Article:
Exome and whole genome sequencing of patients are becoming a major approach for unlocking the molecular basis of uncharacterized human rare Mendelian disease loci. In this report, we have identified various disease and design factors that influence the statistical power of this approach. An analytical framework that quantitatively links these factors to statistical power has been established. This model is validated by computational simulation. As expected, the statistical power of identifying disease genes is affected by both experimental conditions as well as intrinsic features of the diseases. Importantly, based on our model, for recessive Mendelian diseases, the vast majority of disease genes can be readily identified when a moderate number of patients with the same disease are sequenced and analyzed together. This is true even when the heterogeneity of the disease is high. For example, in the case of recessive disease, a power of 0.89 can be reached for identifying a gene responsible for as little as 5% of the disease population by sequencing 200 unrelated patients. In contrast, the power for dominant diseases is substantially lower where sequencing of more than 1000 patients is needed to achieve a comparable power. Our result is significant since it indicates that the molecular basis for the vast majority of uncharacterized recessive disease loci can be resolved using the exome sequencing approach.
Our framework can provide guidance for both experimental design and data analysis. In general, proper combination of sufficient sample size, capture sequencing coverage, cutoff for variants identification, stringency of variants filtering, and inclusion of genetic mapping information are important to maximize the success of exome sequencing experiments. However, strategies used to tackle recessive versus dominant disease are quite different. In the case of recessive disease, the key factor is the sample size. Based on our model, genes underlying highly heterogeneous recessive diseases can be identified by sequencing a moderate number of patients. In contrast, since the Tr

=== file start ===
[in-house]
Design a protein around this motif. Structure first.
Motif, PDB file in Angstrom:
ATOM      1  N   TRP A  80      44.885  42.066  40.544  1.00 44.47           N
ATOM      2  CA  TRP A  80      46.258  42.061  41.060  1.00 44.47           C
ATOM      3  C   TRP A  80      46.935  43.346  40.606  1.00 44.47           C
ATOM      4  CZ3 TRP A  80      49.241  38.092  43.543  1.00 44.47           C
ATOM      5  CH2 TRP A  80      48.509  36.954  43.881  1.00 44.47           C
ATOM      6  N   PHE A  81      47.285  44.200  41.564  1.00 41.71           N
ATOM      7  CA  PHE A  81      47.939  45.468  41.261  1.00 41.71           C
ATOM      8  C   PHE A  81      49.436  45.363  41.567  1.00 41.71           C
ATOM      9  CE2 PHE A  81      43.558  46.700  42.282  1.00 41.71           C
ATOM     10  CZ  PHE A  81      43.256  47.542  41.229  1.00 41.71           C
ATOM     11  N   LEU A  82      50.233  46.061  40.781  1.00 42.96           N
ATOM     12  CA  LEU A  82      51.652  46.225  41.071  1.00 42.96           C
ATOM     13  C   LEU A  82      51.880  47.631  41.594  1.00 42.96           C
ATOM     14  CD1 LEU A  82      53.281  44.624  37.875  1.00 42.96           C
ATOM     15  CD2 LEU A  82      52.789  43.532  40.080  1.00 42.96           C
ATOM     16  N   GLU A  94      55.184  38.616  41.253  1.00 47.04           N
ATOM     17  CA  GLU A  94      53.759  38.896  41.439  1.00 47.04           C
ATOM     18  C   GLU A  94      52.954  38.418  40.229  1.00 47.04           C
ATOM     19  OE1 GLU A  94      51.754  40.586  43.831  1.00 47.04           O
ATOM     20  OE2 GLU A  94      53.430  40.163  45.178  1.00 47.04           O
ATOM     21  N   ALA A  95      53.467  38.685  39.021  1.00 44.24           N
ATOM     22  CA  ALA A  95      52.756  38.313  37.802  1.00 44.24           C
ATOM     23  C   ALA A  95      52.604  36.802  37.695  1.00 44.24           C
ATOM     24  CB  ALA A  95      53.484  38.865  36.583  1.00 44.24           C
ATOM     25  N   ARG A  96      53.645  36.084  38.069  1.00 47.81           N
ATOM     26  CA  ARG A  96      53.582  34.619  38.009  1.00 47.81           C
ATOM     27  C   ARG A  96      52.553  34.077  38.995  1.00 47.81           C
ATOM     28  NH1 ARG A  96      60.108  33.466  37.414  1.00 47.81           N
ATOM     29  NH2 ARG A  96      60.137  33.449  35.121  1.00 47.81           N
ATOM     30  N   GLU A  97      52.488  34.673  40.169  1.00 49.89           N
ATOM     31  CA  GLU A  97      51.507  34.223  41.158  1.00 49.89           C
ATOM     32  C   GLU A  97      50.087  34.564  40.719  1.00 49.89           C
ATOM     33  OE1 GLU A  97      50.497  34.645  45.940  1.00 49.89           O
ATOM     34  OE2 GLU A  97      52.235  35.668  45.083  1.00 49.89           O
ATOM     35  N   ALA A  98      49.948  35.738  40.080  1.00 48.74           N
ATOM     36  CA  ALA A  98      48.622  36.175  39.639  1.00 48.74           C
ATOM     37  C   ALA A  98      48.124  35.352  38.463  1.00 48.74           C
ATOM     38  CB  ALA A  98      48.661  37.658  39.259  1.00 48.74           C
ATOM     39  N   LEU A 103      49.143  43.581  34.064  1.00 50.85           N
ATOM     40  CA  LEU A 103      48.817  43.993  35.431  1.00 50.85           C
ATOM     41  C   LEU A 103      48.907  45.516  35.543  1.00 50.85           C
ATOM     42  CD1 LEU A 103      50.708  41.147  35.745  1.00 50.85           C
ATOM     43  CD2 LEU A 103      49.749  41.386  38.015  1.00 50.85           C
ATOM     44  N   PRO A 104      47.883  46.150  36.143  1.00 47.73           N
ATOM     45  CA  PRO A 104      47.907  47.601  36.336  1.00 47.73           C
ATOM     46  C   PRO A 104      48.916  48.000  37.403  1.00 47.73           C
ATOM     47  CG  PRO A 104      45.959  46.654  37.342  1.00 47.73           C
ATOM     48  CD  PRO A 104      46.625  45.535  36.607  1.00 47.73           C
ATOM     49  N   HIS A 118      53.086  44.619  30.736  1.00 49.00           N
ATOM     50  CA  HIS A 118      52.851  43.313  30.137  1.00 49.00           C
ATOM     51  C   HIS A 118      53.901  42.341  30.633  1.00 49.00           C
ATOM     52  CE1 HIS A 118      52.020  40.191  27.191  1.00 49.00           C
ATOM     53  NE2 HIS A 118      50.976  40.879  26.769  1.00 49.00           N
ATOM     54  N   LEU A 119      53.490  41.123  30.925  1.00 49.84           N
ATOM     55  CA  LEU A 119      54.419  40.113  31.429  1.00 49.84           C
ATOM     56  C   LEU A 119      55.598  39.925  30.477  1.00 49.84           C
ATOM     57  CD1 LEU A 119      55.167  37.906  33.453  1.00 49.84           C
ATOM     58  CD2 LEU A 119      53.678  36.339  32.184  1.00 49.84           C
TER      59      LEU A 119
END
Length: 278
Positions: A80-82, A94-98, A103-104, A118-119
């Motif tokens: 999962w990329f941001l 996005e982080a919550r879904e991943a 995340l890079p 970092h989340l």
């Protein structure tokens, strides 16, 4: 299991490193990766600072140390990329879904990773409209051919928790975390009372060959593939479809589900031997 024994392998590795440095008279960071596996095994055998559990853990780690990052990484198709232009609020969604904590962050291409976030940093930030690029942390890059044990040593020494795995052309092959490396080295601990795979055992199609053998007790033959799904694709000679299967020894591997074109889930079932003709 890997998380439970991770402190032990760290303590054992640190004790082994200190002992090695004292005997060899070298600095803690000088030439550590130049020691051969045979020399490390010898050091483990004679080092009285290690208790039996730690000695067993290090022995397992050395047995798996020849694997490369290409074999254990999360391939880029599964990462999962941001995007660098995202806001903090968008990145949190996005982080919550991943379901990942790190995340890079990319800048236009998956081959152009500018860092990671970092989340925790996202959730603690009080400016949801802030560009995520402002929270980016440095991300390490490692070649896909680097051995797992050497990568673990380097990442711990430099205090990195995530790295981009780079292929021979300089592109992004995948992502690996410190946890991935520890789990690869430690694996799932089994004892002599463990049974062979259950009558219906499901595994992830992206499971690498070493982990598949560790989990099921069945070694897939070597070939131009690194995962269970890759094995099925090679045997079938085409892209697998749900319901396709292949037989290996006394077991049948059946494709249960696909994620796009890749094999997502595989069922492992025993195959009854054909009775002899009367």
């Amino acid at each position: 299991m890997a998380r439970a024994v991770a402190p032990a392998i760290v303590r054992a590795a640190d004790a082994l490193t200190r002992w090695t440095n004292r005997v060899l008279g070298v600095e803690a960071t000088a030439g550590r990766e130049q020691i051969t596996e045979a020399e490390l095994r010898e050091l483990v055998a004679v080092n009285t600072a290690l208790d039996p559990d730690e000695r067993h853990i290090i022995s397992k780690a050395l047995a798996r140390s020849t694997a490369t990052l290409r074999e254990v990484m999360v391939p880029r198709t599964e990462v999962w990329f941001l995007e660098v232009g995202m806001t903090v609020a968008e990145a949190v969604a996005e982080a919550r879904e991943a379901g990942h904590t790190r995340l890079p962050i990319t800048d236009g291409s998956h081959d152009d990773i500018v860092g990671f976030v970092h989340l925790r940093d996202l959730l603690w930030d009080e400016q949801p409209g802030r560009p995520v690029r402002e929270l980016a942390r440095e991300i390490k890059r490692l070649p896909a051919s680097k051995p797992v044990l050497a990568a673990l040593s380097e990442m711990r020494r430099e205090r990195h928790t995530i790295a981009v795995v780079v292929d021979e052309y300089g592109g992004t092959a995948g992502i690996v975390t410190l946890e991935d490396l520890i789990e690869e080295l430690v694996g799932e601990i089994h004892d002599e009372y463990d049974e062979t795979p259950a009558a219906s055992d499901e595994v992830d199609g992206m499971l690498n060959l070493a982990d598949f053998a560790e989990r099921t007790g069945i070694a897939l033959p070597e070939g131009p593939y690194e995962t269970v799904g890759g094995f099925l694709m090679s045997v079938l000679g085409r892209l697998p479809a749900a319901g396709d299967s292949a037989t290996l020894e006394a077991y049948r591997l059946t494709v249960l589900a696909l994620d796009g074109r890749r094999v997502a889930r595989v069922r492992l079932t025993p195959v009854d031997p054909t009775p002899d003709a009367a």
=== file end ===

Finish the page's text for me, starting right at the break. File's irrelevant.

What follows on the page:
statistic, counting the number of individuals with ≥2 mutations is already quite effective for recessive diseases, reducing false positive mutations by aggressive allele frequency filters and bioinformatic filtering have only a minor impact on improving power. In the case of dominant diseases, the key factor is to reduce the number of candidate variants. Both aggressive filters and genetic mapping should be implemented to maximize the exclusion of variants in order to improve the power. In contrast, although positively correlated, increasing sample size has limited impact on the power for highly heterogeneous dominant diseases. Other than variant filtering and sample size, a common factor important for experimental design is the underlying heterogeneity of the disease. To increase power, it is highly desirable to minimize heterogeneity. This may be achieved by grouping patients based on their clinical phenotype. In addition, reiterating the analysis by excluding samples with already identified causative mutations can also be informative. An often overlooked but potentially confounding factor to be considered during data analysis is the length of the gene. As genes with large size incur more rare variants by chance, it is important to adjust the statistical significance of findings based on gene size. To facilitate the ranking of putative disease genes, the binomial test p-values proposed in our report can be calculated for each candidate gene, which provides a unified metric to rank genes similarly to what is used in Genome-wide Association Studies (GWAS) analyses. To facilitate experimental design, statistical power estimation, and p-value calculation, an online calculator has been developed and can be accessed at http://exomepower.ssg.uab.edu